When I format my phone I literally only backup photos (contacts and SMSes are synced) and wipe out EVERYTHING else. If I remember the app then I needed it, else I didn't. Simple.
    Reply
  • PeachNCream - Thursday, September 12, 2019 - link

    I'm ashamed to admit that I'm one of those people that keeps a bunch of junk data around that I really don't need now and won't ever need again, but I save it because I can. I figure that since I don't have a meat world storage unit filled with crap I never touch or a house with closets bursting at the seams with life's leftovers, the crufty data mountain is probably not a big deal. It all does fit inside 256GB of microSD. Reply
  • mode_13h - Saturday, September 14, 2019 - link

    The "atime" metadata is frequently disabled, because it triggers a lot of writes for very little benefit. And with random writes on SMR being so painful, you can bet it won't be used there. Reply
  • bebimbap - Wednesday, September 11, 2019 - link

    My main concern is how long it takes to write/read to these things
    even at 266MB/s or 2.1gbps it'd take the drive 20hours to fill/read. but irl you should expect closer to 40-50 hours to do so.
    this is the same reason i always avoided anything bigger than 8GB for USB2 drives.
    Reply
  • eastcoast_pete - Wednesday, September 11, 2019 - link

    That's one of the two key reasons why I don't like SMR drives. SMR drives are notoriously slower on rewrites, as that "upsets the apple cart", and requires adjacent data to be shuffled around - hence the need for "additional software" for data centers to minimize that. Also, shingling allows for a tighter squeeze, but can magnify data loss if it occurs. Reply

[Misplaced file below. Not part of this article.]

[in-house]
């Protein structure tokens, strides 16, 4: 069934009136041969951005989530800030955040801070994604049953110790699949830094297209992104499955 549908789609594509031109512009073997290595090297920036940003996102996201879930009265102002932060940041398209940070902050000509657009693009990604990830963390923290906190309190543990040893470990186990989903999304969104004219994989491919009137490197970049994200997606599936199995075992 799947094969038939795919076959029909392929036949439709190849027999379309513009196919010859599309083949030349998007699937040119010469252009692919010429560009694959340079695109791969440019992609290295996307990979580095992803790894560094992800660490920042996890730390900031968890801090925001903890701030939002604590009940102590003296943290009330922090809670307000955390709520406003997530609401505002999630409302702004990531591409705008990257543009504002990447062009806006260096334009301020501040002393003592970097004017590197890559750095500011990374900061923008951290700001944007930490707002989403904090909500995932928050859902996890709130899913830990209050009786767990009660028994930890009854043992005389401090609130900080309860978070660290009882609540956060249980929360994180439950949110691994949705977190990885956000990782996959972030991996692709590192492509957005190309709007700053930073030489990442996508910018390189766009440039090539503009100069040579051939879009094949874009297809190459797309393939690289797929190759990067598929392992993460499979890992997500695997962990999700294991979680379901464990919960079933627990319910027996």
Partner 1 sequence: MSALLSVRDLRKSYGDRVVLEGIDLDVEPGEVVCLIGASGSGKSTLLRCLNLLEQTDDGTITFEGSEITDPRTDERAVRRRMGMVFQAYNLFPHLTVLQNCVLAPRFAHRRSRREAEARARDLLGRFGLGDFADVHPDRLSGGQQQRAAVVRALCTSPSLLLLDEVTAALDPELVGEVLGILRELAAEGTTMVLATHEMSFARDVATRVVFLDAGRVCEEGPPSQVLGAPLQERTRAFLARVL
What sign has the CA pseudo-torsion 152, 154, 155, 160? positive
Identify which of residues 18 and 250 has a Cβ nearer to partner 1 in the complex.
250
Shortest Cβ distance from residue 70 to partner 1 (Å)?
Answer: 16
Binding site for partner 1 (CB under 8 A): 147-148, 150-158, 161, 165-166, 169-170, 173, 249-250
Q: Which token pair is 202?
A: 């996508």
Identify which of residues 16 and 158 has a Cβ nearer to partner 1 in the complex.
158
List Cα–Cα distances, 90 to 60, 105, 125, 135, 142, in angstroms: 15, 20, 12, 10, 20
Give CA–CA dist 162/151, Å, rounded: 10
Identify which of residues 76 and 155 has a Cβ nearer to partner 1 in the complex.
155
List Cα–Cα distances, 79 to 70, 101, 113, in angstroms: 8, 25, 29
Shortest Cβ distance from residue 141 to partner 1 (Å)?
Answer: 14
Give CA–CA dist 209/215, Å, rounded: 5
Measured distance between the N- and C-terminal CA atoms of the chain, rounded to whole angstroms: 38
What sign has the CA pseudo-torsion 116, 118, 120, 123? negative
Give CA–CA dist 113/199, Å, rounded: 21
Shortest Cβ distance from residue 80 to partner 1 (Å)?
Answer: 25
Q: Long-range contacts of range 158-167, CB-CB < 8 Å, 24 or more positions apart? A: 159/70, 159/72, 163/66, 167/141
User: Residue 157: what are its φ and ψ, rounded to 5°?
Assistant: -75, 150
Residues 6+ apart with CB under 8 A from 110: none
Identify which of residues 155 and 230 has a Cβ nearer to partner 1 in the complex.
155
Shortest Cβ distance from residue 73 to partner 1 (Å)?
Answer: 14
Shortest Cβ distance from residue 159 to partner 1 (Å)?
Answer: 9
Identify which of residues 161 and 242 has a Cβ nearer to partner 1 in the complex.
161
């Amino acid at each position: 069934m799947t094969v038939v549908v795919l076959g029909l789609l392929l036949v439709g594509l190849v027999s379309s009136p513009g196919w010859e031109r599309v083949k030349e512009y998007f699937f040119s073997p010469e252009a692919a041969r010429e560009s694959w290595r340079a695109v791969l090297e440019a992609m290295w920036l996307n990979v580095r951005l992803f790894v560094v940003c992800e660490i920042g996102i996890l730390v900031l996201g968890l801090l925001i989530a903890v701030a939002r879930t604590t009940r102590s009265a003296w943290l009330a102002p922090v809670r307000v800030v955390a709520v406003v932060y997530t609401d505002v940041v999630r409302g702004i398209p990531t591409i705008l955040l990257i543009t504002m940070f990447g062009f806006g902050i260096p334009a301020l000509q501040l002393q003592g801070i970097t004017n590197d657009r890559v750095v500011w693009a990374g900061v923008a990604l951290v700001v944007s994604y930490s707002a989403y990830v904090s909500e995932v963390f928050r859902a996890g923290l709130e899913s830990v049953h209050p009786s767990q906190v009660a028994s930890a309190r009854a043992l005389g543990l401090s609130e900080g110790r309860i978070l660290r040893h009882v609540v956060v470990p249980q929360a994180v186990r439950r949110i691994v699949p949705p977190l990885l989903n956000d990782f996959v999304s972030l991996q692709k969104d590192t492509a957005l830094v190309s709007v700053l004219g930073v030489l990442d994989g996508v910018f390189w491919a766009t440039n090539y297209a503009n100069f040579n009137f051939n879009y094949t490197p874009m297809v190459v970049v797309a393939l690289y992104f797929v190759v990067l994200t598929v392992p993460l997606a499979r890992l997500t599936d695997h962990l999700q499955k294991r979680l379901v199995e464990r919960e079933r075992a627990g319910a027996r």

• bcronce - Wednesday, September 11, 2019 - link

    I remember watching a presentation on OpenZFS about supporting feeding SMR drive layout information into ZFS allocation logic in order to allow the COW (copy-on-write) pattern to minimize mid-shingle updates. You can append to a shingle all you want until it's full, but updating is expensive because of (RMW)read-modify-write of potentially the entire shingle.

    I want to say that the HD supports knowing if the data in a shingle is free or not, so it can know when to append vs RMW. So similar to an SSD, I think the host can tell the drive to TRIM/ZERO an entire shingle to start over. With an FS like ZFS, this is not horribly difficult because of COW.
    Reply
  • John_M - Friday, September 13, 2019 - link

    It's called a "band", not a "shingle". Reply
  • PeachNCream - Monday, September 16, 2019 - link

    Guitar riffs! Big hair! The drummer getting arrested after a concert! That band!!!! Reply
  • nandnandnand - Wednesday, September 11, 2019 - link

    USB2 drives were artificially limited by the data rate and bad NAND. With HDDs, it's not getting much better, unless they can use that multi-actuator technology for a one time speed doubling.

    Considering the size of the drive, you will happily wait 2 days if that's what it takes. Because there's no other cost effective way to store 10, 16, 20 terabytes. And you might need that capability.

    You could use RAID to speed things up, until the point that it's better for you to get SSDs.
    Reply